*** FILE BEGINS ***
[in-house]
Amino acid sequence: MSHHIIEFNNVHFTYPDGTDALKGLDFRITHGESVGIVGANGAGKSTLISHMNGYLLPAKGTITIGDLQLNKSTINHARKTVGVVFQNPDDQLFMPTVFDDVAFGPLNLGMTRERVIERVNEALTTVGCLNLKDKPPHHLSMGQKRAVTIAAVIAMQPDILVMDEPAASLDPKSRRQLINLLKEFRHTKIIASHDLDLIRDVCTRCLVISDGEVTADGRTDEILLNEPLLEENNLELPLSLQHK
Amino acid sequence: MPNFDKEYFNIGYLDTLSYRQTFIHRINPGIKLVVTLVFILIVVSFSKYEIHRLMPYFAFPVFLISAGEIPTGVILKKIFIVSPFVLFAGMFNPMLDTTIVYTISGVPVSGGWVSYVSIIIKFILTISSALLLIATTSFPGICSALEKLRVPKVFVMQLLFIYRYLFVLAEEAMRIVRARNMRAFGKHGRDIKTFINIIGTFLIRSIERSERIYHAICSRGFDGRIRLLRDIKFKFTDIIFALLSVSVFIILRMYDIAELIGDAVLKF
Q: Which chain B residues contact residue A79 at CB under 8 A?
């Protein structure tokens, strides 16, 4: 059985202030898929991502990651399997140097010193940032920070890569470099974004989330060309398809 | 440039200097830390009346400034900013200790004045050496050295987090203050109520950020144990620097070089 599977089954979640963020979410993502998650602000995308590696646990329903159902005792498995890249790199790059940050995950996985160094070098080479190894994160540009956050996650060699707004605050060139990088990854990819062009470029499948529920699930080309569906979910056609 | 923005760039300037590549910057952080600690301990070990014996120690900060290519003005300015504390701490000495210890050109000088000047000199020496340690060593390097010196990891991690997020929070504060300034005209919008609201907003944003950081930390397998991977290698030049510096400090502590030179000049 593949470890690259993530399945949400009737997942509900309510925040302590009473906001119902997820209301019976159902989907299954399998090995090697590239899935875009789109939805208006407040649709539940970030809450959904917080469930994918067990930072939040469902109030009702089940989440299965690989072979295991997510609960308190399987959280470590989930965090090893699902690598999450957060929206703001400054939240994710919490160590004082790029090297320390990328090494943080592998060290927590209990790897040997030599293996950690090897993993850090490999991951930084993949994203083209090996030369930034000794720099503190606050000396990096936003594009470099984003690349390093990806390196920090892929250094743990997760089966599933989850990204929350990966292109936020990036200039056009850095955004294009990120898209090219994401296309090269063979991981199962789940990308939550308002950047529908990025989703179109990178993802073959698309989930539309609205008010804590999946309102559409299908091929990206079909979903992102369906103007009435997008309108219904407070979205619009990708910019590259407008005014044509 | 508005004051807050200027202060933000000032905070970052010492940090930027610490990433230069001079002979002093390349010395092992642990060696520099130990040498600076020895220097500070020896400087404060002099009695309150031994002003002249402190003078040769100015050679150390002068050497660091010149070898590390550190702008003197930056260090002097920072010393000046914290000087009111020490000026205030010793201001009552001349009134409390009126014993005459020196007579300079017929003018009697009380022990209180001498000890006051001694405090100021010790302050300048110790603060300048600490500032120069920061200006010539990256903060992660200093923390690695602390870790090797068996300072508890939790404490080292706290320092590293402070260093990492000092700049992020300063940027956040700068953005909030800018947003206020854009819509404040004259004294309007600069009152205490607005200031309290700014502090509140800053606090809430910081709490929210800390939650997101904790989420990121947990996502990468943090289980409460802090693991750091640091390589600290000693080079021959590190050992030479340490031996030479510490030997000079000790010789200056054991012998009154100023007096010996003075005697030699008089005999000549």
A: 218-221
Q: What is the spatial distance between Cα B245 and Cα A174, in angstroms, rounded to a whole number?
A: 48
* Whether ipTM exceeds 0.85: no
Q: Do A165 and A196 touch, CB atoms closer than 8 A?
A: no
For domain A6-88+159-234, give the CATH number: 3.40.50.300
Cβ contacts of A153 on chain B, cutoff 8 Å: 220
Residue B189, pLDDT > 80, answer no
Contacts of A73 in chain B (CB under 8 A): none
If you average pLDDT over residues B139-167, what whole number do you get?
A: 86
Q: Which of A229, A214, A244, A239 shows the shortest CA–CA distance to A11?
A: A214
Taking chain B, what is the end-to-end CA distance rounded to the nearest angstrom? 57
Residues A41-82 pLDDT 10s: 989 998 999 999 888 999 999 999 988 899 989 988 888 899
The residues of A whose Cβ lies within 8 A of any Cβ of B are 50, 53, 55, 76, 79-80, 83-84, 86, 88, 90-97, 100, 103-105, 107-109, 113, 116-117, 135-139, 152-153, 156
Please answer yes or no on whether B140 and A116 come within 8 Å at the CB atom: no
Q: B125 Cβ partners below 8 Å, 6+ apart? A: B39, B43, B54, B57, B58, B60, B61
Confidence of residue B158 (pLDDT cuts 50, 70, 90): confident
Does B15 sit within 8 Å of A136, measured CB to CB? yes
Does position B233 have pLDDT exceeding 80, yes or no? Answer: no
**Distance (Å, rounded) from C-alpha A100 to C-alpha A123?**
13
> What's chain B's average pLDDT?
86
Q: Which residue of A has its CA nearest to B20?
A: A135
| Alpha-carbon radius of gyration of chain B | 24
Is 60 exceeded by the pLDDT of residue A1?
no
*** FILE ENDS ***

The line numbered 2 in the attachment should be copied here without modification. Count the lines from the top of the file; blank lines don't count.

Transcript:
Amino acid sequence: MSHHIIEFNNVHFTYPDGTDALKGLDFRITHGESVGIVGANGAGKSTLISHMNGYLLPAKGTITIGDLQLNKSTINHARKTVGVVFQNPDDQLFMPTVFDDVAFGPLNLGMTRERVIERVNEALTTVGCLNLKDKPPHHLSMGQKRAVTIAAVIAMQPDILVMDEPAASLDPKSRRQLINLLKEFRHTKIIASHDLDLIRDVCTRCLVISDGEVTADGRTDEILLNEPLLEENNLELPLSLQHK